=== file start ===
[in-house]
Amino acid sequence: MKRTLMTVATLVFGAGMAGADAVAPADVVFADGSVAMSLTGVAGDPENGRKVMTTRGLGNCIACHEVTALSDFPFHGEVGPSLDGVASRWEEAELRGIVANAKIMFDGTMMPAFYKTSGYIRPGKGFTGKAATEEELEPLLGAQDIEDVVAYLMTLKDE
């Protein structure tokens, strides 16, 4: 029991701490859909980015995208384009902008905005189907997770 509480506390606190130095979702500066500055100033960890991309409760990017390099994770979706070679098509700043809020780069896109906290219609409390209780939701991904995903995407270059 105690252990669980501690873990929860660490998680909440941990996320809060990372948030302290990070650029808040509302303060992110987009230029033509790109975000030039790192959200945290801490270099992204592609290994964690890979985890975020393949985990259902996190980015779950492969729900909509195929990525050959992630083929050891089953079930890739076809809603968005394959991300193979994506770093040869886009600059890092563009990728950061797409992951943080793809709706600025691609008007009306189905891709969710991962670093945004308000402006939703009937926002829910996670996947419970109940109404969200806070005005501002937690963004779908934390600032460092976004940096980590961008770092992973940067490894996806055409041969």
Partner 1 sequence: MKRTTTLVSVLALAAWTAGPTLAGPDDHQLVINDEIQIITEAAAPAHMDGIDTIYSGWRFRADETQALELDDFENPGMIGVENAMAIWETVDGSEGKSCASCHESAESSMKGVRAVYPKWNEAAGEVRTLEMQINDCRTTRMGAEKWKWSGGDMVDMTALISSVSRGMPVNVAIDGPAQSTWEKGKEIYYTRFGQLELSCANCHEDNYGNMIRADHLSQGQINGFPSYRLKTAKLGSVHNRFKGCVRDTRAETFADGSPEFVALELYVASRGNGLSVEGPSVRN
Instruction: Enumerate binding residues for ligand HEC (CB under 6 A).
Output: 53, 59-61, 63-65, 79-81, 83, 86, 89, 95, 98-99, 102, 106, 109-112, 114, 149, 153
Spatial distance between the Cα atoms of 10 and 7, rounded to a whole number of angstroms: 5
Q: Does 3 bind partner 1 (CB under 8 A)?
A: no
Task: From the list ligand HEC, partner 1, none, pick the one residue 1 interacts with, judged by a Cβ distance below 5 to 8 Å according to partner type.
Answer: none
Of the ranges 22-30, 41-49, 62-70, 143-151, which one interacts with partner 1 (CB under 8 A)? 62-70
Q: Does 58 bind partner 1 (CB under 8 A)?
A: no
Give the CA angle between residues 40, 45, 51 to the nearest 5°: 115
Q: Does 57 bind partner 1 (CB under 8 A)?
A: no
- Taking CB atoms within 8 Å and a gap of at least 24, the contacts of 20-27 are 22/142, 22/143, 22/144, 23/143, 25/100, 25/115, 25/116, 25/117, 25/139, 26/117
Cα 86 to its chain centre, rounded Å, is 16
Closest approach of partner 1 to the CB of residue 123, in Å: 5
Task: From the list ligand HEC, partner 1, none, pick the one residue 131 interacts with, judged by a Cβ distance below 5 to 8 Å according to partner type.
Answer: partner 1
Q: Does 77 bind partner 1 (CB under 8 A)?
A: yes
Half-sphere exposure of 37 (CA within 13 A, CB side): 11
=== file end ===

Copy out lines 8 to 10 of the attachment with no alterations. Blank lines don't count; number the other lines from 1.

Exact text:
Q: Does 3 bind partner 1 (CB under 8 A)?
A: no
Task: From the list ligand HEC, partner 1, none, pick the one residue 1 interacts with, judged by a Cβ distance below 5 to 8 Å according to partner type.